# DIVISIBILITY AND GREATEST COMMON DIVISORS

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1 DIVISIBILITY AND GREATEST COMMON DIVISORS KEITH CONRAD 1 Introduction We will begin with a review of divisibility among integers, mostly to set some notation and to indicate its properties Then we will look at two important theorems involving greatest common divisors: Euclid s algorithm and Bezout s identity The set of integers is denoted Z (from the German word Zahl = number) 2 The Divisibility Relation Definition 21 When a and b are integers, we say a divides b if b = ak for some k Z We then write a b (read as a divides b ) Example 22 We have 2 6 (because 6 = 2 3), 4 ( 12), and 5 0 We have ±1 b for every b Z However, 6 does not divide 2 and 0 does not divide 5 Divisibility is a relation, much like inequalities In particular, the relation 2 6 is not the number 3, even though 6 = 2 3 Such an error would be similar to the mistake of confusing the relation 5 < 9 with the number 9 5 Notice divisibility is not symmetric: if a b, it is usually not true that b a, so you should not confuse the roles of a and b in this relation: 4 20 but 20 4 Remark 23 Learn the definition of a b as given in Definition 21, and not in the form b a is an integer It essentially amounts to the same thing (exception: 0 0 but 0 0 is not defined), however thinking about divisibility in terms of ratios will screw up your understanding of divisibility in other settings in algebra That is why it is best to regard Definition 21, which makes no reference to fractions, as the correct definition of divisibility The following three theorems about divisibility are simple applications of the definition They should all make intuitive sense Theorem 24 Let a, b Z with a b Then a bc for any c Z Proof We have b = ak for some k Z Therefore bc = (ak)c = a(kc) and kc Z, so a bc This just says a factor of a number is a factor of any multiple of it (Or, equivalently, a multiple of a multiple is a multiple) Theorem 25 If a b and b c then a c Proof We have b = ak and c = bl for some k and l in Z Then and kl Z, so a c c = bl = a(kl) As a mantra, a factor of a factor is a factor 1

2 2 KEITH CONRAD Theorem 26 If a b and a c then a (br + cs) for every r and s in Z In particular, if a b and a c then a (b + c) and a (b c) Proof We have b = ak and c = al for some k and l in Z Then and kr + ls Z, so a (br + cs) br + cs = akr + als = a(kr + ls) Using the language of linear algebra, Theorem 26 says any factor of two integers is also a factor of any Z-linear combination of the two integers To avoid silly errors, keep in mind the following false implications: generally a bc a b or a c (for instance, 6 (4 9) but 6 divides neither 4 nor 9) and (for instance, but 12 doesn t divide 6) a b n a b 3 Greatest Common Divisors For two nonzero integers a and b, their greatest common divisor is the largest integer which is a factor of both of them It is denoted (a, b) For instance, (12, 18) = 6 and ( 9, 15) = 3 Do not confuse our usage of parentheses in (a, b) with the notation for open intervals in calculus The number 1 is always a common divisor, and it is the greatest common divisor exactly when a and b are relatively prime The naive method of finding the greatest common divisor of two integers is to factor each into primes and extract the greatest common divisor from the prime power factors that appear Example 31 Consider a = and b = Since = , = , we have ( , 39083) = = 2299 Factoring is hard (even on a computer when the integer has several hundred digits), so this method of computing (a, b) is not good when a and b are large There is a method of computing greatest common divisors, going back to Euclid, which avoids the need to factor at all Instead of factoring, we will do successive divisions with remainder in such a way that the remainder keeps dropping The last nonzero remainder will turn out to be the greatest common divisor Theorem 32 (Euclid) Let a and b be nonzero integers Divide b into a and carry out further divisions according to the following method, where the old remainder becomes the new divisor: a = bq 1 + r 1, 0 r 1 < b, b = r 1 q 2 + r 2, 0 r 2 < r 1, r 1 = r 2 q 3 + r 3, 0 r 3 < r 2,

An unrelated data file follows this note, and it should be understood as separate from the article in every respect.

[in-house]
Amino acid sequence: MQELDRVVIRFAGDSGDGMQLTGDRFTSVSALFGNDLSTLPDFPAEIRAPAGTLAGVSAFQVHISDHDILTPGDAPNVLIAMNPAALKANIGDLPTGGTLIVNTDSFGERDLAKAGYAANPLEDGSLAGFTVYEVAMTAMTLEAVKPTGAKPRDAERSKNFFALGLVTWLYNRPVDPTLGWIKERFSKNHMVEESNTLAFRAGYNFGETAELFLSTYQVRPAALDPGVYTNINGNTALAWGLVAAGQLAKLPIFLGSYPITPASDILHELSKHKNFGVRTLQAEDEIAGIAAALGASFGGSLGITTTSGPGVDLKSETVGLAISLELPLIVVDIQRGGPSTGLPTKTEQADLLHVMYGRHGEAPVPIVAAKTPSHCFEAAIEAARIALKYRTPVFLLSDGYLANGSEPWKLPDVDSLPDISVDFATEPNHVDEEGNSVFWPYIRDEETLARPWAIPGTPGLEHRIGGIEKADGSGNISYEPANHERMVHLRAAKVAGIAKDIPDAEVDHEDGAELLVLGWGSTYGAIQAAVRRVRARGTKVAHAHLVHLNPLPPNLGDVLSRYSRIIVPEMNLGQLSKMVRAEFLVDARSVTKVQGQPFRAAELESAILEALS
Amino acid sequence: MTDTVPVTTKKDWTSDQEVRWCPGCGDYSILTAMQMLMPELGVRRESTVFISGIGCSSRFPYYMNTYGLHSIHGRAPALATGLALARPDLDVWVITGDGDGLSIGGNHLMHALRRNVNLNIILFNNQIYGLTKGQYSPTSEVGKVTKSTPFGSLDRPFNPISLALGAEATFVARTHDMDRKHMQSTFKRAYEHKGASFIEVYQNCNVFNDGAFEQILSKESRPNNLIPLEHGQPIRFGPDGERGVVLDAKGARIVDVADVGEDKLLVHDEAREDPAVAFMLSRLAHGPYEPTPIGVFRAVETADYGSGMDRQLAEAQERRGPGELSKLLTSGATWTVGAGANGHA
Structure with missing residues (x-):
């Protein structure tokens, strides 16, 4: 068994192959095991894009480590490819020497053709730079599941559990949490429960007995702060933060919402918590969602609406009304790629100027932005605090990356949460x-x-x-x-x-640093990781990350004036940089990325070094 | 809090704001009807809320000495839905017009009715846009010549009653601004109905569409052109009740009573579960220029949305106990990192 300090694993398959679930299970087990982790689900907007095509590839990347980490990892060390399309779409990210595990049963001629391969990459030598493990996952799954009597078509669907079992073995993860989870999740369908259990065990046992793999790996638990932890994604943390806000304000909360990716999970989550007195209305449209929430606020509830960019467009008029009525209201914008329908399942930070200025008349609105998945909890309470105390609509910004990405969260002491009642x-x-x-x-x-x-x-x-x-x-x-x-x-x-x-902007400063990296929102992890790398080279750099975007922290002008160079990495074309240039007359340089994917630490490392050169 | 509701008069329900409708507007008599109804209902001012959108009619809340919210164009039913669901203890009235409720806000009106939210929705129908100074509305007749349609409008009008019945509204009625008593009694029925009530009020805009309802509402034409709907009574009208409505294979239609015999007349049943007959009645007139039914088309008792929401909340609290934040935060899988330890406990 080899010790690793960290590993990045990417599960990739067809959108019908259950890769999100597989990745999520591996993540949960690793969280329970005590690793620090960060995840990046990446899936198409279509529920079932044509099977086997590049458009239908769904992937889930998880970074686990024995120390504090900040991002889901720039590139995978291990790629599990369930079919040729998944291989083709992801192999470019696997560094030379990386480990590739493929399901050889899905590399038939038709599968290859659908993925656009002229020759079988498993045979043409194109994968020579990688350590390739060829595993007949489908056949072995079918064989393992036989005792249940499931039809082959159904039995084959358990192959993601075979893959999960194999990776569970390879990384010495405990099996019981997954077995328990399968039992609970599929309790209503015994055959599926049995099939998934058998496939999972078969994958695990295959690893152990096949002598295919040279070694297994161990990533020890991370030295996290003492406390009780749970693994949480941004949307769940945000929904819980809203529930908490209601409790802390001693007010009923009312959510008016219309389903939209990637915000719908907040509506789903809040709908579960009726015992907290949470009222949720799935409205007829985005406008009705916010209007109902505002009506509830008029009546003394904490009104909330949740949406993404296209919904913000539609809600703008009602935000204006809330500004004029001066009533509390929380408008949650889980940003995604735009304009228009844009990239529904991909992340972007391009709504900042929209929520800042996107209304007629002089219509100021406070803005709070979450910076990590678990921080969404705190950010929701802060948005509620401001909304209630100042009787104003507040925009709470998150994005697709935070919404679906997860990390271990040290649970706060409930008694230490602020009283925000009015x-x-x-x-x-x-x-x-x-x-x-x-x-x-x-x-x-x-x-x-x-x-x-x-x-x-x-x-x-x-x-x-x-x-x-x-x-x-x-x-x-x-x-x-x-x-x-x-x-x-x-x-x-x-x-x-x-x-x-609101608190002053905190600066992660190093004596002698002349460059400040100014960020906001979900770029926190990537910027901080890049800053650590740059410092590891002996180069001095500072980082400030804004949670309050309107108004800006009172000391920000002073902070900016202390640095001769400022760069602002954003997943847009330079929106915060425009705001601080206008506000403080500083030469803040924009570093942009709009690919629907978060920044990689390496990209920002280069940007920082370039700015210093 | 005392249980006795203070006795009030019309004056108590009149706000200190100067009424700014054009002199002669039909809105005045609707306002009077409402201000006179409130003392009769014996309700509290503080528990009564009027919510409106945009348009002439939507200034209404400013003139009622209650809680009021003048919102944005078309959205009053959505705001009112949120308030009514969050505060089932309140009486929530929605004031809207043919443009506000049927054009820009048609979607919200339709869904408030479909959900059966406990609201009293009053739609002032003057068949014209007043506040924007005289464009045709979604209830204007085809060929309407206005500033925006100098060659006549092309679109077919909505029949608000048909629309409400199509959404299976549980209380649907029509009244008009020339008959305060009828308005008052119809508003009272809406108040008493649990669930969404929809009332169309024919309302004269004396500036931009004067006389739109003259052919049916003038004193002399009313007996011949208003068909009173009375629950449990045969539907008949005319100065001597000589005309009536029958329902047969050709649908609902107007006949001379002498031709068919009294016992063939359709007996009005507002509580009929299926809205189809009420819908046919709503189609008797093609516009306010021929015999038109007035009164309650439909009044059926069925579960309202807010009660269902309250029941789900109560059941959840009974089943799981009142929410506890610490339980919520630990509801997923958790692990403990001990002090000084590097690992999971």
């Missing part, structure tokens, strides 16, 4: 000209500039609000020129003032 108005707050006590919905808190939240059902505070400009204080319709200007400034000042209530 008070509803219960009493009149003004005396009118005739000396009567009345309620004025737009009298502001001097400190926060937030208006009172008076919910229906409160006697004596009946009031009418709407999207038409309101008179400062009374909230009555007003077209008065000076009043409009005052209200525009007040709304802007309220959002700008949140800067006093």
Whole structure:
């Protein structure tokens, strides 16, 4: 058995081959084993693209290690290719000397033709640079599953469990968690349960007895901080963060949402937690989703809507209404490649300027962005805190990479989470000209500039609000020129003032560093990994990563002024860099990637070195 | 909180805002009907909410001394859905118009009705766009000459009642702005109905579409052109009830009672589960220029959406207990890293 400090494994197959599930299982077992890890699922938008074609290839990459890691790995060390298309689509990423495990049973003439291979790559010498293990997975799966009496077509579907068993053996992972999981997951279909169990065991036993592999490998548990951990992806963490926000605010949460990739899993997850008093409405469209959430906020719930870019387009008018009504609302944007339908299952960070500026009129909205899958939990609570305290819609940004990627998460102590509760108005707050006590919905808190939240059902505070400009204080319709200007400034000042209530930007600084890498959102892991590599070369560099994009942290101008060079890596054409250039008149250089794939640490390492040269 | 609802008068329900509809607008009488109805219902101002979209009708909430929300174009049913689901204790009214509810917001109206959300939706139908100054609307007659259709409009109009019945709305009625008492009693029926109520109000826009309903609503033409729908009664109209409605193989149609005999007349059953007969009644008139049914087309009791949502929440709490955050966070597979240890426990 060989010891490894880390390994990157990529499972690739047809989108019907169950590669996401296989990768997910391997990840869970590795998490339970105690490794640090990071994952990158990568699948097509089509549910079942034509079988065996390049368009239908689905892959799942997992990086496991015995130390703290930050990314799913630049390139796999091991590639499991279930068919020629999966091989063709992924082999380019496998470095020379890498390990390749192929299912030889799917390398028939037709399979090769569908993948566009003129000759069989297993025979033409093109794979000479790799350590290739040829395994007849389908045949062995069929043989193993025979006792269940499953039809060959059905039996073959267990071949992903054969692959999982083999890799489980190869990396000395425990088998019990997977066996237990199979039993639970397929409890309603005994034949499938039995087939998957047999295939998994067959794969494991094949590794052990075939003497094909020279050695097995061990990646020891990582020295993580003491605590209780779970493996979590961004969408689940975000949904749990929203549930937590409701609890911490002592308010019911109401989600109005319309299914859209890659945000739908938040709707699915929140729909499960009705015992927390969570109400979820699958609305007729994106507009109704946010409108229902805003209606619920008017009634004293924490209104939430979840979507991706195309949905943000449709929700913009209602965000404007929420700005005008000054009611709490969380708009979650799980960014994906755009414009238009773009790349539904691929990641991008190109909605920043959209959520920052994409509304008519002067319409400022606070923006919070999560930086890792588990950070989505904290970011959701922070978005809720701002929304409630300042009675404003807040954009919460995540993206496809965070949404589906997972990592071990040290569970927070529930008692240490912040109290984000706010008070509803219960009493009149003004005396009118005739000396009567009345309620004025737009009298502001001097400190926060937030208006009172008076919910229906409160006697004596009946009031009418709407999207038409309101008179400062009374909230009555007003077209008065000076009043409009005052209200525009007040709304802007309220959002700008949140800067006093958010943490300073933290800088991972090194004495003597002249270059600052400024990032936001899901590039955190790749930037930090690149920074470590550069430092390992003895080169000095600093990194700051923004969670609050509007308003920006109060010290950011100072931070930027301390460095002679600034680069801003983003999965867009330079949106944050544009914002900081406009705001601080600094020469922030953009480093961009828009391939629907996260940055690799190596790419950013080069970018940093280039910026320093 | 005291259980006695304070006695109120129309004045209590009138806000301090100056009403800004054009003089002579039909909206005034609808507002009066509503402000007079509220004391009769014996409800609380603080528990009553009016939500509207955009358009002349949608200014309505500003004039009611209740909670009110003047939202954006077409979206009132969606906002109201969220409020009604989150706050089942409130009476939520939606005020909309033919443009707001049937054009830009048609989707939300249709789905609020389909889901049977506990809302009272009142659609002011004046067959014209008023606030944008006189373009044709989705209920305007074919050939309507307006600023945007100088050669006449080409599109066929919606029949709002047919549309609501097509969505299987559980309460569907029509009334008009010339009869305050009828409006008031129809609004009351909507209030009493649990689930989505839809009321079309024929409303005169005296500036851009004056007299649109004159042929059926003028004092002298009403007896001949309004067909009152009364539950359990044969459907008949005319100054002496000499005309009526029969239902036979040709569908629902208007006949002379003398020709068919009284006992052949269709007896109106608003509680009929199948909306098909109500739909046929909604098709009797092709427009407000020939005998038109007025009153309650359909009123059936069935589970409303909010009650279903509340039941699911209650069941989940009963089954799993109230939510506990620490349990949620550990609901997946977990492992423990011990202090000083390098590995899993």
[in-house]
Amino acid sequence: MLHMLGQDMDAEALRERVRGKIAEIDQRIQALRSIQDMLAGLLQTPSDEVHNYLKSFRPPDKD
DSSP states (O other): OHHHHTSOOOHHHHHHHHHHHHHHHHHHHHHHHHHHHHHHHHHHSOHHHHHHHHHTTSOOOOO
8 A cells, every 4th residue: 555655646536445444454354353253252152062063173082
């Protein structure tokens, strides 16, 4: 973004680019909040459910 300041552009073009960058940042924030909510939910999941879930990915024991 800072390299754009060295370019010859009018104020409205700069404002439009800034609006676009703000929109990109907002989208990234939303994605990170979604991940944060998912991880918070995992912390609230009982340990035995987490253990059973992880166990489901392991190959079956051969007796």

3 DIVISIBILITY AND GREATEST COMMON DIVISORS 3 The non-negative remainders r 1, r 2, are strictly decreasing, and thus must eventually become 0 The last nonzero remainder is the greatest common divisor This algorithm of Euclid for finding (a, b) can be carried out very rapidly on a computer, even for very large integers which are not easy to factor into primes Example 33 Before we prove Euclid s algorithm works, let s see how it looks for the pair in Example 31: = = = = The last nonzero remainder is 2299, and we said ( , 39083) = 2299 in Example 31 Notice we did not need to factor the two numbers to find their greatest common divisor Let s prove Theorem 32 Proof The key idea that makes Euclid s algorithm work is this: if a = b + mk for some k in Z, then (a, m) = (b, m) That is, two numbers whose difference is a multiple of m have the same gcd with m Indeed, any common divisor of a and m is a divisor of b = a mk (Theorem 26), and therefore is a common divisor of b and m This tells us (a, m) (b, m) Similarly, any common divisor of b and m is a divisor of a = b + mk, and therefore is a common divisor of a and m Thus (b, m) (a, m) too, so (a, m) = (b, m) Another way of putting this is: (31) m (a b) = (a, m) = (b, m) Now we look at the successive equations in Euclid s algorithm: a = bq 1 + r 1, 0 r 1 < b, b = r 1 q 2 + r 2, 0 r 2 < r 1, r 1 = r 2 q 3 + r 3, 0 r 3 < r 2, The first equation says b (a r 1 ), so by (31) we have (a, b) = (r 1, b) The second equation says r 1 (b r 2 ), so again by (31) we have (b, r 1 ) = (r 2, r 1 ) The third equation says r 2 (r 1 r 3 ), so again by (31) we have (r 1, r 2 ) = (r 3, r 2 ) Comparing these results, (a, b) = (b, r 1 ) = (r 1, r 2 ) = (r 2, r 3 ), so the later greatest common divisors continue to be equal to (a, b) The last equations in Euclid s algorithm look like this: r n = r n+1 q n+2 + r n+2, 0 < r n+2 < r n+1, r n+1 = r n+2 q n Thus (a, b) = (b, r 1 ) = = (r n, r n+1 ) = (r n+1, r n+2 ) The final equation in Euclid s algorithm tells us (r n+1, r n+2 ) = r n+2, so (a, b) equals r n+2, which is the last nonzero remainder